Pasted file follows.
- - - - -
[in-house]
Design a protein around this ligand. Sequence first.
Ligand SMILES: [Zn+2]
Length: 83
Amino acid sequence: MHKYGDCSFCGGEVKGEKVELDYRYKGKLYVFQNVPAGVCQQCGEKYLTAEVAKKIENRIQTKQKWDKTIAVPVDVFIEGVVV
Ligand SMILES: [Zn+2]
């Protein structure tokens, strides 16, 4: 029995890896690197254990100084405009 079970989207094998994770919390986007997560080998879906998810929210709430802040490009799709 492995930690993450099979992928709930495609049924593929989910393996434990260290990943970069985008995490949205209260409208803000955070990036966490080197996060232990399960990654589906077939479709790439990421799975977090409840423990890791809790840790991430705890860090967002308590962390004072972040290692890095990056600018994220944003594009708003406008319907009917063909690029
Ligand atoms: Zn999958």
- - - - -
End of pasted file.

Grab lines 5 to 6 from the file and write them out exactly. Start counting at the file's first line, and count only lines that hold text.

Amino acid sequence: MHKYGDCSFCGGEVKGEKVELDYRYKGKLYVFQNVPAGVCQQCGEKYLTAEVAKKIENRIQTKQKWDKTIAVPVDVFIEGVVV
Ligand SMILES: [Zn+2]